Learning, brain plasticity, and foraging behavior in hemimetabolous insects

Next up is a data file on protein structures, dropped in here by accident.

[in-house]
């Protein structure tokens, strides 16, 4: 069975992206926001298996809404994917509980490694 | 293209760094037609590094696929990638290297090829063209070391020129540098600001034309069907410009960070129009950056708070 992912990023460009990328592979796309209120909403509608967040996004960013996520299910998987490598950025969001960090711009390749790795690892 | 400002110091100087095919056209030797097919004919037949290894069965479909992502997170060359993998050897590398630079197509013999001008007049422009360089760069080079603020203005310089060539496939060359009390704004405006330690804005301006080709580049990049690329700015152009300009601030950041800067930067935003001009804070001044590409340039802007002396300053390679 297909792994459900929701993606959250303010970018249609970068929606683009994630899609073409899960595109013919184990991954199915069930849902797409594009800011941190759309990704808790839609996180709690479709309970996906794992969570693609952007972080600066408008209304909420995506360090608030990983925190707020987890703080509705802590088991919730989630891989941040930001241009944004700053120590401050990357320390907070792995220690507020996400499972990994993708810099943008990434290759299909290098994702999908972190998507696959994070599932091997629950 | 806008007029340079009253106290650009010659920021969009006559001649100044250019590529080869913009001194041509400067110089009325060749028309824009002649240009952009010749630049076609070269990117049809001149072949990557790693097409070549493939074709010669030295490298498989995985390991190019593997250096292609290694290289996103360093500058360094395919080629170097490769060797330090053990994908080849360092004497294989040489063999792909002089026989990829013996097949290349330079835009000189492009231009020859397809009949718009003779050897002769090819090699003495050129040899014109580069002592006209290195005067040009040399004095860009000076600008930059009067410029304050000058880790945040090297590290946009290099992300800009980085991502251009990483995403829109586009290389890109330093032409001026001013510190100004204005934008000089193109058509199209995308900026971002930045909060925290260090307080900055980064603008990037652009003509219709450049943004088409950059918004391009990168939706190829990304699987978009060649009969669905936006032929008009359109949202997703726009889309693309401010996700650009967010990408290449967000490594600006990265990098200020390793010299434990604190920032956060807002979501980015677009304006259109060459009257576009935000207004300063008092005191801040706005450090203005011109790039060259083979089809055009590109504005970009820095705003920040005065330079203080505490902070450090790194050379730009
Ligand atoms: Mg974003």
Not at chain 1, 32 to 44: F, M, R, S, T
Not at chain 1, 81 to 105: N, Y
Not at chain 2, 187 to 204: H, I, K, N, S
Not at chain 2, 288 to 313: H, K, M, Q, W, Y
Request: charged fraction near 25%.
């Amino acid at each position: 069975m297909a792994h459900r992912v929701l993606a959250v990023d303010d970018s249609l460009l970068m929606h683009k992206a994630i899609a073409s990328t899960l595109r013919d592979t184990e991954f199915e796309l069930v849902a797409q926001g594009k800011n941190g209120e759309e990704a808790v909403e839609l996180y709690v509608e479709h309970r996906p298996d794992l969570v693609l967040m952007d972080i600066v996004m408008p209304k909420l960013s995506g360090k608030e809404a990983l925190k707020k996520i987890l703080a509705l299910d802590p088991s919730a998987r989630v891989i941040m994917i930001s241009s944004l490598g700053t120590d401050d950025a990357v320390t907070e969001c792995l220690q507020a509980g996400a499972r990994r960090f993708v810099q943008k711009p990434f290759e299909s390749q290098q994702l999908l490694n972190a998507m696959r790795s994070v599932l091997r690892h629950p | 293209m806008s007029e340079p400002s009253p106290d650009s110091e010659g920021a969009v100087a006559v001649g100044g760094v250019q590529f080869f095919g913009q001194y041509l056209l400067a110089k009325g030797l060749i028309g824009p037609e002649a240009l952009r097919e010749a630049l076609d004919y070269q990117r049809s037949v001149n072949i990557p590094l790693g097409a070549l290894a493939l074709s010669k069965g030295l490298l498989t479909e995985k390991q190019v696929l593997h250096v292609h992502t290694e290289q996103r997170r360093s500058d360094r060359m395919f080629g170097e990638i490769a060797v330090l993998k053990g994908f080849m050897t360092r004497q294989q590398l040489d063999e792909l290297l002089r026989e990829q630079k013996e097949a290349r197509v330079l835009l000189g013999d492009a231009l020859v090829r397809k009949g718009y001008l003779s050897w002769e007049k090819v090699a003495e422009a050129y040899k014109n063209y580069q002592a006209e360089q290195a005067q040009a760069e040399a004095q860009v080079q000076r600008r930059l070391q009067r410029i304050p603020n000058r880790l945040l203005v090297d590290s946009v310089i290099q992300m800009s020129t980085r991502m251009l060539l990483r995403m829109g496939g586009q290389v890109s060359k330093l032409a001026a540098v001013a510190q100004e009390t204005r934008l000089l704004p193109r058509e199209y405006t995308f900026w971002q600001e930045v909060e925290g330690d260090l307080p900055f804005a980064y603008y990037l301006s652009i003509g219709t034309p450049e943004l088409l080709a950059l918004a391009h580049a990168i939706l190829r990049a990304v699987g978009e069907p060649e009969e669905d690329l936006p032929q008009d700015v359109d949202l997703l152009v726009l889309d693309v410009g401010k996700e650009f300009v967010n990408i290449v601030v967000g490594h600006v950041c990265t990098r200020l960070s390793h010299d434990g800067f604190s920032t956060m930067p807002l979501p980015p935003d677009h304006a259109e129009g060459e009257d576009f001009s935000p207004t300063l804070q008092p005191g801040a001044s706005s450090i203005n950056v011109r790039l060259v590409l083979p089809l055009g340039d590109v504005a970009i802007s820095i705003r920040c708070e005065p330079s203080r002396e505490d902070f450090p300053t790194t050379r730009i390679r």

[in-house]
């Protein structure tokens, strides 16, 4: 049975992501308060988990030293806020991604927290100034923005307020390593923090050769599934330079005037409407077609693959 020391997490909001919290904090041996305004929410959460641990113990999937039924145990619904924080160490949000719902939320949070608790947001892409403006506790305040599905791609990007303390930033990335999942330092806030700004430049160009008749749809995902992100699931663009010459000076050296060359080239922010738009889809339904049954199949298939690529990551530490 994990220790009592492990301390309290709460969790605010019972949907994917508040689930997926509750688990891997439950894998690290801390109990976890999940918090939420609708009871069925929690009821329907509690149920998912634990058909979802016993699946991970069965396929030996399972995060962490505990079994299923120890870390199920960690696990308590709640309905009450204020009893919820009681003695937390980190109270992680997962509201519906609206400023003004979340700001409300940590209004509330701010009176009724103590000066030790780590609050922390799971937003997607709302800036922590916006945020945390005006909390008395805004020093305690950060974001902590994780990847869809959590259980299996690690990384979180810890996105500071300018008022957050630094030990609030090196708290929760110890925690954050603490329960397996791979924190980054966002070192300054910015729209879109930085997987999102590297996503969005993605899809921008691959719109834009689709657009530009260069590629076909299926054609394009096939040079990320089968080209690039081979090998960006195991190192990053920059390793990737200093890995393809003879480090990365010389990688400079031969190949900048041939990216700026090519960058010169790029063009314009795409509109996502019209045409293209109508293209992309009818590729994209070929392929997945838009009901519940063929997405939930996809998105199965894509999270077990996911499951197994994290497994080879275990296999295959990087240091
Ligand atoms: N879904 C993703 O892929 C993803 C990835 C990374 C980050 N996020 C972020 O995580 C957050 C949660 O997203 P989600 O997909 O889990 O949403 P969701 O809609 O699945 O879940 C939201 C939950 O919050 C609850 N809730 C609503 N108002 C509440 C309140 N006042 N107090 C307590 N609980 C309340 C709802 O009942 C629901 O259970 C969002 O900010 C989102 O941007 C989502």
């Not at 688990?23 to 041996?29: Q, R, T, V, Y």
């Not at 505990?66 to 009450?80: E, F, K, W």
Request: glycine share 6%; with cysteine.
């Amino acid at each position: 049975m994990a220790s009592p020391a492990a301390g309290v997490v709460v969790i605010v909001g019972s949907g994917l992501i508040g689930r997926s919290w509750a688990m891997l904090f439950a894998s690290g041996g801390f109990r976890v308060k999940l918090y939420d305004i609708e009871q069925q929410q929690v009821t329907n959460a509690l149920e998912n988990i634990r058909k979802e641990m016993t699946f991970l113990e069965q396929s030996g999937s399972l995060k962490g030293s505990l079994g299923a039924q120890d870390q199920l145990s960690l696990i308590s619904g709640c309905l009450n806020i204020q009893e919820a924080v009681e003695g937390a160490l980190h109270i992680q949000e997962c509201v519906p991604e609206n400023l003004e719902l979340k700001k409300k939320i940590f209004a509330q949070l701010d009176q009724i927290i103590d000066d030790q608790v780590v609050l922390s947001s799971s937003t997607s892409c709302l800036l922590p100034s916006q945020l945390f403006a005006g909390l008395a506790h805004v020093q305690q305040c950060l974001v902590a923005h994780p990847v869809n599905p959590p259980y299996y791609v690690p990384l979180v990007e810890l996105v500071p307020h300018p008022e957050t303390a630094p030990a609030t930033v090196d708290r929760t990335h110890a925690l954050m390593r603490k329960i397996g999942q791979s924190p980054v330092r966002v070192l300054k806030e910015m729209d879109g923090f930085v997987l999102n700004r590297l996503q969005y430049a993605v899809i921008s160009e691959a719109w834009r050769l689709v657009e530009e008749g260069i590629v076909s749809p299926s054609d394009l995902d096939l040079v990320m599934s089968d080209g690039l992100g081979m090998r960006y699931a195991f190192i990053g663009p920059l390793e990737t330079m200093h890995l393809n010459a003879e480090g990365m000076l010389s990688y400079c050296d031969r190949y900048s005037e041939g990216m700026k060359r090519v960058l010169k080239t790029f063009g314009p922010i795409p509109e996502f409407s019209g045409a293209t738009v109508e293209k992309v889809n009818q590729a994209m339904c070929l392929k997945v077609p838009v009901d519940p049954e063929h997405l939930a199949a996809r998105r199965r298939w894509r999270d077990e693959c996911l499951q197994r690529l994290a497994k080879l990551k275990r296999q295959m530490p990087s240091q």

Foraging is an essential component of an animal's fitness, and learning plays an important role in foraging for many animals. A deeper understanding of complex behaviors such as foraging and learning requires an interdisciplinary approach, examining both the behavior and the neurobiological underpinnings of the behaviors. Insects serve as model organisms to explore the mechanisms of foraging, learning, and memory, as they share fundamental neurobiological mechanisms with vertebrates, but have simpler nervous systems that are easier to access than vertebrate models. Drosophila, the most common insect model organism, undergoes complete metamorphosis, with a larval and adult stage that are very different in morphology and behavior. Hemimetabolous insects are emerging as new model organisms, as they undergo incomplete metamorphosis, with larval and adult stages similar in morphology and behavior. Using two hemimetabolous insects, I have examined brain plasticity, learning, and foraging using a cross-discipline approach.Since the discovery that the brain of an adult animal can generate new neurons, studies aimed at understanding the mechanisms, stimuli, and consequences of adult brain plasticity have proliferated; however, the role that early experiences play in adult plasticity remains relatively unexplored. Using the cricket as a model organism, I show that early adulthood may be a period of particular sensitivity in insects.I also examined foraging and learning in another hemimetabolous insect, the praying mantis. Through laboratory choice tests and a survey of an organic farm, I found that regardless of experience, flowers were not an attractant for mantises, despite the fact that mantises are often found on flowers and that fitness benefits for mantises found on flowers have been reported. Rather than an attractant, flowers may be an arrestant for mantises, which may encounter flowers through random search and then remain at the site feeding on the abundant prey.My studies add to our understanding of foraging, learning, and brain plasticity in hemimetabolous insects, leading to a greater understanding of the underlying mechanisms that can shape an animal's behavior within a lifetime and across evolutionary time scales.
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